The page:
This past weekend was Memorial Day Weekend.  It is always interesting to see the different thoughts people post about holidays on any of the various social media platforms.  I do find it wonderful that people take the time to acknowledge these holidays.  However, this Memorial Day made me wonder whether some people understand the difference between Memorial Day and Veterans Day, for a few people in my social networks were thanking current and alive service people for their contribution to our freedoms.  

So here's the difference in a nutshell: Memorial Day is time to remember those service people who have died in the line of duty, while Veterans Day is a time to honor all service people, alive and dead, of their contributions to maintaining and securing our freedom.  

I did a little more digging to find out a little more about the history of both.  So here are a couple of tidbits on when both were started.  The first Memorial Day started back around 1865, but was originally known as Decoration Day.  It began as a way to honor the soldiers, both Confederate and Union, that fell during the Civil War.  As time has worn on and our country has participated in more wars, the commemoration of fallen soldiers has extended to all fallen Armed Forces service people.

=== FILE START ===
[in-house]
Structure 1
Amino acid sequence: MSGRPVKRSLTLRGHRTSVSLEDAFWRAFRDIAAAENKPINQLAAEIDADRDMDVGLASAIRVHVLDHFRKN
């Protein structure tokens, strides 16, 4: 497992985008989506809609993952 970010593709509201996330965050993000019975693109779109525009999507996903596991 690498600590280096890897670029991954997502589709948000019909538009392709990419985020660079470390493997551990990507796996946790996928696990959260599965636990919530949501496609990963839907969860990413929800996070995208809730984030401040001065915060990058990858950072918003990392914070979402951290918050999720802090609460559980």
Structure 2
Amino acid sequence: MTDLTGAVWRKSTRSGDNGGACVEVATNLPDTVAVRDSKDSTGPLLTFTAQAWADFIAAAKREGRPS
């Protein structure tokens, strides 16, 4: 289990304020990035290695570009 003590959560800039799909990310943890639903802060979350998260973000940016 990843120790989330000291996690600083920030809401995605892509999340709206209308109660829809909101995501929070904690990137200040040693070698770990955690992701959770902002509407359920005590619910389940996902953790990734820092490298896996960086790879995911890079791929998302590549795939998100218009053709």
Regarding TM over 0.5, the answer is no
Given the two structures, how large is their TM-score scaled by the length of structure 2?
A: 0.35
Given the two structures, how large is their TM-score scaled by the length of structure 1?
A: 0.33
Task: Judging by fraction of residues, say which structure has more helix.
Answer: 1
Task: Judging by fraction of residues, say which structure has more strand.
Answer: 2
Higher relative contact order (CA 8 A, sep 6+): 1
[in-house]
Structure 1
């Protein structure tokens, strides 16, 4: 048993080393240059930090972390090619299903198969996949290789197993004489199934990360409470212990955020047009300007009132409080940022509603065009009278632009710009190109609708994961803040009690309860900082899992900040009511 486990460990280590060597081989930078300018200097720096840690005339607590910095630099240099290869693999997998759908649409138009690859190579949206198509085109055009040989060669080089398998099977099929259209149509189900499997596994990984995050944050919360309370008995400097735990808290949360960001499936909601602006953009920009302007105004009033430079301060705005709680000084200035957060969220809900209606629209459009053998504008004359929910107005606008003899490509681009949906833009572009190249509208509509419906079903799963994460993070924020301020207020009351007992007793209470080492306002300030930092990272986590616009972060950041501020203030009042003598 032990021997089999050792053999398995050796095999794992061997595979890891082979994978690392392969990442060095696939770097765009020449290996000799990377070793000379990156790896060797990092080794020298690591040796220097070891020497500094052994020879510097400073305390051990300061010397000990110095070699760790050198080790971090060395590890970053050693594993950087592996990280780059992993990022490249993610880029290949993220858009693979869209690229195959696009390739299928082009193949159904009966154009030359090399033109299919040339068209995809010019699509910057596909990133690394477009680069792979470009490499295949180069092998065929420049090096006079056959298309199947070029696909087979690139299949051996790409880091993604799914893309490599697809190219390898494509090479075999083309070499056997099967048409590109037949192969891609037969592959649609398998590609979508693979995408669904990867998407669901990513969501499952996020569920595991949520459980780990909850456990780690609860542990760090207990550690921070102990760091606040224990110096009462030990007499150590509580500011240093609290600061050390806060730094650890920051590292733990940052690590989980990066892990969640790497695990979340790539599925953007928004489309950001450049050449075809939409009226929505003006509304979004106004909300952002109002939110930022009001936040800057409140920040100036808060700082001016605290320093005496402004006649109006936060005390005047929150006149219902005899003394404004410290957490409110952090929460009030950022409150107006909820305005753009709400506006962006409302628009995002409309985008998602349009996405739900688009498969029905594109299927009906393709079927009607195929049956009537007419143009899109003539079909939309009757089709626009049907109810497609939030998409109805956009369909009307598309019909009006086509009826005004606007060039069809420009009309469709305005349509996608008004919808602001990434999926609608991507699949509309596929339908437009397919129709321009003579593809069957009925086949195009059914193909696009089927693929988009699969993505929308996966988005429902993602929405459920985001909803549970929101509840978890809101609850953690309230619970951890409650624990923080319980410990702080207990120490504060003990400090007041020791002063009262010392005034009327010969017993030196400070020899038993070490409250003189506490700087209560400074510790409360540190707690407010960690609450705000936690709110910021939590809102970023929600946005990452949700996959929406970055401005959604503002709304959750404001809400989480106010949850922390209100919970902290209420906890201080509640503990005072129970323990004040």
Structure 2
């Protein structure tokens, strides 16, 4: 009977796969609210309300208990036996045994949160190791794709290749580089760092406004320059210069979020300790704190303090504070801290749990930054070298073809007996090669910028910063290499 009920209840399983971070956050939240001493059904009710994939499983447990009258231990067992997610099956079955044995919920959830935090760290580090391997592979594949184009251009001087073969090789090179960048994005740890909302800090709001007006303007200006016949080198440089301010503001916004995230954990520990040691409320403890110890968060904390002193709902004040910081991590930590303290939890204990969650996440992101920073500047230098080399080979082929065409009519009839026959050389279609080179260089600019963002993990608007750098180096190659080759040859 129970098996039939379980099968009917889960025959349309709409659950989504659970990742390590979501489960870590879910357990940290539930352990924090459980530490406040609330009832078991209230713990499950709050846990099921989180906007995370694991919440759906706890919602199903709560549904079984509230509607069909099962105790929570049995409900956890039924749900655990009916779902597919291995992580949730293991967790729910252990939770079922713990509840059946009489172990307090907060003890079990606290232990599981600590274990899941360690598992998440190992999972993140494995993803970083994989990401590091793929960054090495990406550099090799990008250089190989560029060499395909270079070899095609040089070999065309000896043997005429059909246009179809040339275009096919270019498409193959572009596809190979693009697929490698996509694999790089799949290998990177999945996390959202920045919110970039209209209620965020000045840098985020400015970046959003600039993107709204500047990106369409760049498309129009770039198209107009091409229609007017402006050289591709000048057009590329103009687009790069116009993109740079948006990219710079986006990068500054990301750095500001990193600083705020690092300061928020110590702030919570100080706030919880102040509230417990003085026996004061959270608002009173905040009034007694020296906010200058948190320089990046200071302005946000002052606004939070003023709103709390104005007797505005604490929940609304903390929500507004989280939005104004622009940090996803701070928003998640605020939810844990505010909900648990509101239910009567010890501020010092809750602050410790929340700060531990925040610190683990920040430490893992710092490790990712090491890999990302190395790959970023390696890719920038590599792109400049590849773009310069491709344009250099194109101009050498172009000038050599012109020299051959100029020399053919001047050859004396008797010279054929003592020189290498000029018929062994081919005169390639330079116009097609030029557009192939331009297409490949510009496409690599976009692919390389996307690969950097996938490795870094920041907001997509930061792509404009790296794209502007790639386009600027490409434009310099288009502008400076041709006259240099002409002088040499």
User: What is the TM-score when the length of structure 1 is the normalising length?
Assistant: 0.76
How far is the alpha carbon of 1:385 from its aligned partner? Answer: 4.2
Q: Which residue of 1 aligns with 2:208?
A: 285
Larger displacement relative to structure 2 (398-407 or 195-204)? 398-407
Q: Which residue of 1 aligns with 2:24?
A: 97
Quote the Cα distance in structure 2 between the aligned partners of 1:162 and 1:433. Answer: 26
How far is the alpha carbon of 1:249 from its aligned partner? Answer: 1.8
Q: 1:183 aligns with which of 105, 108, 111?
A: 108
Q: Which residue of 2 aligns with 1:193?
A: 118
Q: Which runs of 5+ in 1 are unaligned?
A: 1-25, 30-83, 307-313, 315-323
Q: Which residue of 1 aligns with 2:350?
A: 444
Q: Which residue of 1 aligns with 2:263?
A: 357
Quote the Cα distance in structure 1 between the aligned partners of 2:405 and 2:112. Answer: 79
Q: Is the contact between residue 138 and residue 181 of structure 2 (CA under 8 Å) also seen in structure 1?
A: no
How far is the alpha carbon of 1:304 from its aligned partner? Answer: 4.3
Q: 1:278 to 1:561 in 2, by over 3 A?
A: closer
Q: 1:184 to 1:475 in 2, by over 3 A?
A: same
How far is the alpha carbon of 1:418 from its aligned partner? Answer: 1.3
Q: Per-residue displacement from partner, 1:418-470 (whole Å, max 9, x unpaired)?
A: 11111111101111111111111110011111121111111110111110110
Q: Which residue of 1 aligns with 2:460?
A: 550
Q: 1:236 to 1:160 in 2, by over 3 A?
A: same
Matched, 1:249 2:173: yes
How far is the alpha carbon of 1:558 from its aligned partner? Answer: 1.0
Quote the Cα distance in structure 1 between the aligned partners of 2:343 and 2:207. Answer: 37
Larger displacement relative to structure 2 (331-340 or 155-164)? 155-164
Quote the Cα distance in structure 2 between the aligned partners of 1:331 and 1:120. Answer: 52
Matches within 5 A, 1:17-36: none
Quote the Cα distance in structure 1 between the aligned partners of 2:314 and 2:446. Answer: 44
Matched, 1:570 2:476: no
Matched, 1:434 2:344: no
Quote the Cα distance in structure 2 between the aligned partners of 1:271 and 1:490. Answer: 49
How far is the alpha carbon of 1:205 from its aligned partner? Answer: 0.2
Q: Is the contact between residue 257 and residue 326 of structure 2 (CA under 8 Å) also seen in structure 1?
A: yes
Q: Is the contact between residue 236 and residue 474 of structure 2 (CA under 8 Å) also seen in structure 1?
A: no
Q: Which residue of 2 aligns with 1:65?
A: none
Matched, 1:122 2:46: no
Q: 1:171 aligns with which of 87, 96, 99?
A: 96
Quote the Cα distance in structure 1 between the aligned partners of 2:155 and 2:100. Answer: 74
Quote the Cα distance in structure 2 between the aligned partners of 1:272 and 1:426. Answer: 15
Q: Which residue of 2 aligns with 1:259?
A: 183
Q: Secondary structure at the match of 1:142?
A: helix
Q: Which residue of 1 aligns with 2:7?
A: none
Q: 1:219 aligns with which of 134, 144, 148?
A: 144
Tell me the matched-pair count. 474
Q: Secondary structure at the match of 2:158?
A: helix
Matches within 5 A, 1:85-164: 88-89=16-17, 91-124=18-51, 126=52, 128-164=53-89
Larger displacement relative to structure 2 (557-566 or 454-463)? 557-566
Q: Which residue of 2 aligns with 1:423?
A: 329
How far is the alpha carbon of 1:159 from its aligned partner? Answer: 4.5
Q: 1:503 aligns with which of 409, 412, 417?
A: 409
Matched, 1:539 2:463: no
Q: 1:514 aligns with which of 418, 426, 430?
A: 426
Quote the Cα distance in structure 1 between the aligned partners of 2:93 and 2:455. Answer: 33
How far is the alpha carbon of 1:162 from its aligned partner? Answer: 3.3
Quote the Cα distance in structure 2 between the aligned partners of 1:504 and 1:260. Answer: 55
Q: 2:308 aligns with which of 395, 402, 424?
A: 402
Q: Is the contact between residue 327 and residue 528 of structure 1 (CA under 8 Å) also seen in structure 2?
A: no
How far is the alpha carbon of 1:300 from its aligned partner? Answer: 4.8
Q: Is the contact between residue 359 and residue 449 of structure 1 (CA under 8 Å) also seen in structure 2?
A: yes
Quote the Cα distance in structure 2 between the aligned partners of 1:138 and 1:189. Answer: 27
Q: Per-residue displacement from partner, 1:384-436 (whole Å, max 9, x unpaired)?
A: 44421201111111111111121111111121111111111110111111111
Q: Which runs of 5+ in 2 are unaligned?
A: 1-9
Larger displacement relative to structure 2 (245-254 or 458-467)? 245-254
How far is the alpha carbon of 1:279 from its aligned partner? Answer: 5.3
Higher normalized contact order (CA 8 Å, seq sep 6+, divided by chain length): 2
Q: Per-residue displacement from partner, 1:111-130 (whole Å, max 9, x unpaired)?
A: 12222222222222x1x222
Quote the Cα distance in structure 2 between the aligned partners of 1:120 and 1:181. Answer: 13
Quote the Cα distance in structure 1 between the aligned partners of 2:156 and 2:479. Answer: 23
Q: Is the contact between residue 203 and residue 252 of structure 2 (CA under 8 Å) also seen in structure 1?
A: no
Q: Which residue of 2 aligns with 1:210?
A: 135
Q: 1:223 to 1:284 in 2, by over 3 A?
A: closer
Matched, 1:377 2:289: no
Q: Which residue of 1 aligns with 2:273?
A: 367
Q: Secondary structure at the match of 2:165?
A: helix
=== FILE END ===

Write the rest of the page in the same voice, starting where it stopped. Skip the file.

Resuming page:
The first Veterans Day actually took place in 1919, but was known as Armistice Day.  It was a day to remember the heroism  of those who died during The Great War.  Roughly seven years later, Congress requested that it become an official national holiday, which was passed.  Again, as time continued and another World War commenced, the commemoration was extended to all soldiers regardless of the war they served in and whether or not they had fallen, and thus, it was renamed Veteran's Day.  

So there you go.  A little history and a small comparison of two similar but rather different holidays.  I hope that was more interesting than just a regular classroom history lesson.  Short and sweet.  
 


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